Tuesday, September 25, 2018

Other Towns Named Maynard

Welcome to MAYNARD (Massachusetts)
Back when immigration was mostly from England, Maynard was not an uncommon surname in the American colonies. Glenwood Cemetery has eleven Maynards not closely related to Amory Maynard. Per the very entertaining website www.howmanyofme.com, typing in “Maynard” as a last name yields 43,332 people in the United States with that name. Far fewer than (2.9 million) or Jones (1.7 million), but not rare. Several of them loaned their names to towns other than Maynard, Massachusetts (2010 census population 10,106; area 5.4 square miles; founded 1871; named after Amory Maynard).

Maynard, Iowa (pop 518, area 1.02 sq. mi.).  Henry Travis Maynard moved from Illinois to Iowa in 1861. Other people settled there, in a community that came to be known as Long Grove. The Burlington, Cedar Rapids and Minnesota Railroad reached the area in 1873. As there was another Long Grove elsewhere in the state, a state judge decreed that this Long Grove would be named “Maynard” mainly because Henry Maynard (1816-1903) had donated the land needed for the railroad station. Official incorporation took place in 1887, but the town celebrates its founding as 1873. Henry Maynard is buried in the Long Grove Cemetery, as are his second wife and seven of his nine children. 

Maynard, Minnesota (pop 366; area 0.65 sq. mi.). The city was platted in 1887 by John M. Spicer, a land developer and superintendent of the Great Northern Railway. A plat is a map, drawn to scale, of the divisions of an area of land. Once platted, lots can be sold. Maynard was named in honor of Spicer’s sister's husband: Grayon Gates Maynard. (Spicer also named the villages of Raymond, Russell, and Ruthton after his children, and the town of Spicer after himself.) Maynard was incorporated on January 8, 1897. A meander through genealogies traced the namee back to a John Maynard (1630-1711) – born in England, died in colonial Marlborough – the great-great-great-grandfather of our Amory Maynard.

Capt. John Maynard of Maynard, AK.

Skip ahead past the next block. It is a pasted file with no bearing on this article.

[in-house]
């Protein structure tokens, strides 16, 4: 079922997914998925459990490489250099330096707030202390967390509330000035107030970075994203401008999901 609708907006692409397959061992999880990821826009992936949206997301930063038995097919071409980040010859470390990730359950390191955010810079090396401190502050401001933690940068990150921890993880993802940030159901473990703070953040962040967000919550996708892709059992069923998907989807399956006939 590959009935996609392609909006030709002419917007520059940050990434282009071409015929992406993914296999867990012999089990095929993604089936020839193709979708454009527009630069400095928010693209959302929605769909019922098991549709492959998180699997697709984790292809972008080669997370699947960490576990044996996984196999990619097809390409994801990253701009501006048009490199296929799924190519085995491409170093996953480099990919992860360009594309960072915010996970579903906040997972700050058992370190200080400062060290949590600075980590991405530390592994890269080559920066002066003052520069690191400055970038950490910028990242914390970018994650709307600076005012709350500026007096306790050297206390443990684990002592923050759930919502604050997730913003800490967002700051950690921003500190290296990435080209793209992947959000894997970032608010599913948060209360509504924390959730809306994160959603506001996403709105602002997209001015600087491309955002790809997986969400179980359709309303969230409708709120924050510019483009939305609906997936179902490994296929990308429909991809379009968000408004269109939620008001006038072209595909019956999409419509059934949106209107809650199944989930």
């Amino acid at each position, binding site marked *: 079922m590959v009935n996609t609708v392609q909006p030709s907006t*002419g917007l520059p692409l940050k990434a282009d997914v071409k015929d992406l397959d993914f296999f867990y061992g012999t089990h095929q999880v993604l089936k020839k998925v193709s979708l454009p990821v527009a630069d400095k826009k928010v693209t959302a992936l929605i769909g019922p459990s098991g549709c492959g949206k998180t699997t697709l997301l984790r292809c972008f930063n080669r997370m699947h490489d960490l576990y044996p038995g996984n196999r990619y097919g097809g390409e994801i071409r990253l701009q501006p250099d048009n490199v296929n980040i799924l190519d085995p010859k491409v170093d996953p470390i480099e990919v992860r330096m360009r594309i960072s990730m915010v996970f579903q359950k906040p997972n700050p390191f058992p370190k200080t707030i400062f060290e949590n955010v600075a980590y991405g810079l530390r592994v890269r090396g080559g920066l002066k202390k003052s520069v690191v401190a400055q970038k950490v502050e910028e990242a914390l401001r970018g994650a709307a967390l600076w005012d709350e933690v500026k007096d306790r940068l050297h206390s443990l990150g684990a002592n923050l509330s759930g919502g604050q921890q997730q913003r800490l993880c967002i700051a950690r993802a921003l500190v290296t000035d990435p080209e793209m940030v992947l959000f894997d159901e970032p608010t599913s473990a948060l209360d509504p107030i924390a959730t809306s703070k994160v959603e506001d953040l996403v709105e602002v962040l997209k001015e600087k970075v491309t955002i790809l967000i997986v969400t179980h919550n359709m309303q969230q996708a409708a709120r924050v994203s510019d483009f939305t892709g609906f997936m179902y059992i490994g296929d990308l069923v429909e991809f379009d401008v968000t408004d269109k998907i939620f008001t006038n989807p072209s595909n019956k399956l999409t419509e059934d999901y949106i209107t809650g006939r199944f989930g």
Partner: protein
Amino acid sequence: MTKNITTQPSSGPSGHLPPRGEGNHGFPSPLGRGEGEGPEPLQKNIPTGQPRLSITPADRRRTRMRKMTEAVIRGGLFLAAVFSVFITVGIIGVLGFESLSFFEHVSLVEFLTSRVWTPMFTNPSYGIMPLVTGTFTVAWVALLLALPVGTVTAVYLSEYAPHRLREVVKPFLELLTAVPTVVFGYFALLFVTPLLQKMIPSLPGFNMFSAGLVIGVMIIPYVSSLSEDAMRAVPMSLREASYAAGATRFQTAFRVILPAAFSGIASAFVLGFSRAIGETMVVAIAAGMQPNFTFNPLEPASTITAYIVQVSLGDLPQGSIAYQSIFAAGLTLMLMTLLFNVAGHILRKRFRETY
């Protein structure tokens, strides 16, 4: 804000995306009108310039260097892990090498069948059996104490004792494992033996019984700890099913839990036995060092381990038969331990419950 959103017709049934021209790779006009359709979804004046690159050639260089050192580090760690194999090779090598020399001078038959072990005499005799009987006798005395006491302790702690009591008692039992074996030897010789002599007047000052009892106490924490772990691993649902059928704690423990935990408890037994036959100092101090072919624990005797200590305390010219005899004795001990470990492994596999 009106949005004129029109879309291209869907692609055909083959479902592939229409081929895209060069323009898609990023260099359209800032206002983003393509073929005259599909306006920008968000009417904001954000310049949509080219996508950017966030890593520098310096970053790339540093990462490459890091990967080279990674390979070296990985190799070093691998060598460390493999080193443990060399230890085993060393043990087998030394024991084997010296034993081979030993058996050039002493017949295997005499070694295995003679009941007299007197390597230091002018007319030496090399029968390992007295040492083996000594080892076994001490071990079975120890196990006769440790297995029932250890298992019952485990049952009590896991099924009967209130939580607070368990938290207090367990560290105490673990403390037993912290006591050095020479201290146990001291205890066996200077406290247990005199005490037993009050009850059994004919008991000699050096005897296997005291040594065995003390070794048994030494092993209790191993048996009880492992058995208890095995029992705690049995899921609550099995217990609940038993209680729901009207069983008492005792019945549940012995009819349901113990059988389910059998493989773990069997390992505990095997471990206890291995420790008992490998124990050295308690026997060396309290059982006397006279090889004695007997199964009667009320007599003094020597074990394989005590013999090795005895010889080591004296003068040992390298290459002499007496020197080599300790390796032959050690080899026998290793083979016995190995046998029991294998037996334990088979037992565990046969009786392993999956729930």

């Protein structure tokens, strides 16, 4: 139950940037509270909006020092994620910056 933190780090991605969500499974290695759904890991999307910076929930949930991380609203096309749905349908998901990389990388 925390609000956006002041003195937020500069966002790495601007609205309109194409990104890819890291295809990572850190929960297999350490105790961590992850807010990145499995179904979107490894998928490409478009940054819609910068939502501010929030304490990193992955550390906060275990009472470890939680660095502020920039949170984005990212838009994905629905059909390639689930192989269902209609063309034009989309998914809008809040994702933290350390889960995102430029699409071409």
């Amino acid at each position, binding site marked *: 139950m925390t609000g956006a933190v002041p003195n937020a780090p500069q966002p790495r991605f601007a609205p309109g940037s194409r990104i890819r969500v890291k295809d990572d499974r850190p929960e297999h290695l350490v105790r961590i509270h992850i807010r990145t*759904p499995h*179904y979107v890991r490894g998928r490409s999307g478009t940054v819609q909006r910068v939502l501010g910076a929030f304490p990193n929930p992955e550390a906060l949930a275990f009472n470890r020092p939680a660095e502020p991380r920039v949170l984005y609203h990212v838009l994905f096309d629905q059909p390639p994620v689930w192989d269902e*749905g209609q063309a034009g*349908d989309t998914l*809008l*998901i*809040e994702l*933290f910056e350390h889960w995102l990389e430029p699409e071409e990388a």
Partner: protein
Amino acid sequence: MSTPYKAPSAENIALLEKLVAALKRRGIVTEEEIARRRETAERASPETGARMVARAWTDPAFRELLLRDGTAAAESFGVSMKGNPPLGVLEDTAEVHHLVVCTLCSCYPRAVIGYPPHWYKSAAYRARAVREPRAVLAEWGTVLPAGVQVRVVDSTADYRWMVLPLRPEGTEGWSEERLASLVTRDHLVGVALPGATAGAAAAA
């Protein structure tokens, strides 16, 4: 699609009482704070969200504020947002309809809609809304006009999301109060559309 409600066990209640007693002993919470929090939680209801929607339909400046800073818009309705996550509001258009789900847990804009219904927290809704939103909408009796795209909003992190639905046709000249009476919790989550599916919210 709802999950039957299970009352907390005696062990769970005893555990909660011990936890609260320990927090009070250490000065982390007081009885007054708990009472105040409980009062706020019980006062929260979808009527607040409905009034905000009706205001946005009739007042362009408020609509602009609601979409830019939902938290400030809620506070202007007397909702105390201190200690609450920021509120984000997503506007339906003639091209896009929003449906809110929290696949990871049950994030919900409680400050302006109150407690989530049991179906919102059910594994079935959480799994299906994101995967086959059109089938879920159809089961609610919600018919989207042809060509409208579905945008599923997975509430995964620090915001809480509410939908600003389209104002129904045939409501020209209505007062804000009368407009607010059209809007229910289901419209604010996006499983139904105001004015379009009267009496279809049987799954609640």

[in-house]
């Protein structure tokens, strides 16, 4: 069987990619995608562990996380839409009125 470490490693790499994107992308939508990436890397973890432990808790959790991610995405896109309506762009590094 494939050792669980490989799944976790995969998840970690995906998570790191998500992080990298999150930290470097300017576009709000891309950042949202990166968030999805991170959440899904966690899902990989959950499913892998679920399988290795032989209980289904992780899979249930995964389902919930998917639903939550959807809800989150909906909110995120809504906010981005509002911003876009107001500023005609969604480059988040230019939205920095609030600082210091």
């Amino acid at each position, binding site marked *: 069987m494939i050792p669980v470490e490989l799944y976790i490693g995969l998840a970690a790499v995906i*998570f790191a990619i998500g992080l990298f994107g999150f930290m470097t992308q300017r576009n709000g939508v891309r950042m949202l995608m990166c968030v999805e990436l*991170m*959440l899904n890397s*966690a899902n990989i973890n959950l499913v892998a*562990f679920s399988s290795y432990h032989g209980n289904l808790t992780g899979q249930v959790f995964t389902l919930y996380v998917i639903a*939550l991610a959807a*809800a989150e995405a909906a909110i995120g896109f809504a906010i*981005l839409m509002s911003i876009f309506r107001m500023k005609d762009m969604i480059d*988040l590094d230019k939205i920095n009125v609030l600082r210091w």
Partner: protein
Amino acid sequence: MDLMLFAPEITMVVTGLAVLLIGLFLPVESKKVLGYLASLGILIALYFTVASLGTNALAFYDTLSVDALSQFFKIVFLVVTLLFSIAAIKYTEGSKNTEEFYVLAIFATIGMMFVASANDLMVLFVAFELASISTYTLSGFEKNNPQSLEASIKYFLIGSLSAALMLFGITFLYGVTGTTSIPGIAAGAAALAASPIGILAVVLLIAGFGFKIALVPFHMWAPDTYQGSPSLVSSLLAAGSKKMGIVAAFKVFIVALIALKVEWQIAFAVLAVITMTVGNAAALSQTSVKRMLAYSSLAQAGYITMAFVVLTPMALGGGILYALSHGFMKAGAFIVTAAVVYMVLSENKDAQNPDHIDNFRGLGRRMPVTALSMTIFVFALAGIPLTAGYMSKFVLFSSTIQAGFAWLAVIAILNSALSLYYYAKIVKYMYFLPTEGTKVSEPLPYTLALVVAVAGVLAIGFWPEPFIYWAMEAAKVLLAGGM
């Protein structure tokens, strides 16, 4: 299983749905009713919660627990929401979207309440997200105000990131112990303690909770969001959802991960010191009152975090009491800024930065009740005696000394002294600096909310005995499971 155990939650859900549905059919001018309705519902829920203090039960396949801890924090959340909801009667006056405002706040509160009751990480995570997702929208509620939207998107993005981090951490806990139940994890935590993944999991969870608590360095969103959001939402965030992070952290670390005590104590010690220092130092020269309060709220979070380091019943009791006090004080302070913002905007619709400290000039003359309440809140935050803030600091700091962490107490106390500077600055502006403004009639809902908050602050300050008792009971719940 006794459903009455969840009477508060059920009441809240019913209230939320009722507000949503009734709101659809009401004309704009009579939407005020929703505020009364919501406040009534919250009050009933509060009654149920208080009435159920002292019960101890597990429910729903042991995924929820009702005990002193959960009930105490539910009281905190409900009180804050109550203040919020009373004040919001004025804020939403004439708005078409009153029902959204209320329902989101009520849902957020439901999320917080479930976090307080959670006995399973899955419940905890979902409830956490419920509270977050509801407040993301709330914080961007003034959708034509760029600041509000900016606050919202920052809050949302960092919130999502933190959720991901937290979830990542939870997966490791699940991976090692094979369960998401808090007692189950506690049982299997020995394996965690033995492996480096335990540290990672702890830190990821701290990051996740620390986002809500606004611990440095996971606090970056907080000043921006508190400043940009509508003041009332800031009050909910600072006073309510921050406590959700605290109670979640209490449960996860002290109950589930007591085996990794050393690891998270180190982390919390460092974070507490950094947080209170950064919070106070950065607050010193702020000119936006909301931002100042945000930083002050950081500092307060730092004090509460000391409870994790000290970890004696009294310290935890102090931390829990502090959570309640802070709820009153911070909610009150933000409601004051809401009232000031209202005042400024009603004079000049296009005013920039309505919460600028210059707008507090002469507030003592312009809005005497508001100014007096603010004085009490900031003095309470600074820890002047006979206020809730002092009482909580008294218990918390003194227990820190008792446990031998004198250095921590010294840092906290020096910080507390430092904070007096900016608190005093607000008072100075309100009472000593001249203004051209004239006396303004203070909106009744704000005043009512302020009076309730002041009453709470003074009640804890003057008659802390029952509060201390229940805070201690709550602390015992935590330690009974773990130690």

Click on photos to enlarge.
Maynard, Arkansas (pop 426; area 1.1 sq. mi.). John Maynard, formerly a captain in the Confederate Army, spent some time in Texas before moving to Arkansas in 1872, where he opened a dry goods store, and farmed 900 acres, mostly cotton. Other families and businessmen joined him in the village they called New Prospect. When they applied for a post office in 1885 that name was rejected and the office was named ‘Maynard.’ The town incorporated as Maynard in 1895. John Maynard died in 1917 and is buried in the Maynard Cemetery next to his wife Sarah “Sallie” Maynard, who was 27 years younger than her husband.

Maynard, AR, is home to Maynard High School, mascot a tiger, school colors black and gold. I mentioned this seemingly obscure trivia to a group of our high school students who were volunteering at the recent OARS-organized annual Assabet River clean-up, only to learn that it is common knowledge at our Maynard High School that it has a doppelganger elsewhere.

Maynardville, Tennessee (pop 2,413; area 5.4 sq. mi.). Maynardville is the county capital of Union County, TN. It began as a small community named Liberty. When Union was proposed as a county, Knox County, being called upon to give up some of its land, opposed. A lawyer named Horace Maynard (1814-1882) successfully defended the proposal, so the town was later renamed in his honor. Maynardville dates it founding to 1870. Horace went on to be a Congressman representing Tennessee, and later Postmaster General for the U.S. Postal Service. Interestingly, he and Amory Maynard were both great-great-great grandchildren of John Maynard. Amory and Horace were both born in Marlborough, MA, Amory ten years earlier, so very possible that they knew each other.

In conclusion, three of the five namesake communities (MA, MN, TN) were named after descendants of John Maynard, who crossed the Atlantic with his father when he was eight years old. All were so-named when the men in question were still alive to appreciate the honor (or in Amory Manyard’s case, to dictate the honor).

POSTSCRIPT (not in newspaper)

Maynard, Texas (population ~100). Post office named "Maynard" in 1880, but this area about 60 miles north of Houston was never incorporated. Population dipped as low as ~25 after World War II, but rebounded a bit with renewed oil well activity in the area. Two churches and three cemeteries. No information on how it got its name. Maynard, TX might have been settled by free Blacks after the Civil War.

Maynard, Ohio (population unknown). Unincorporated community in eastern Ohio, tentatively identified as named after Horace Maynard (see Maynardville, TN) when a Post Office was established in 1880. Currently has a post office and zip code.

Other: There are Maynard-named neighborhoods within towns in at least a dozen other states.   

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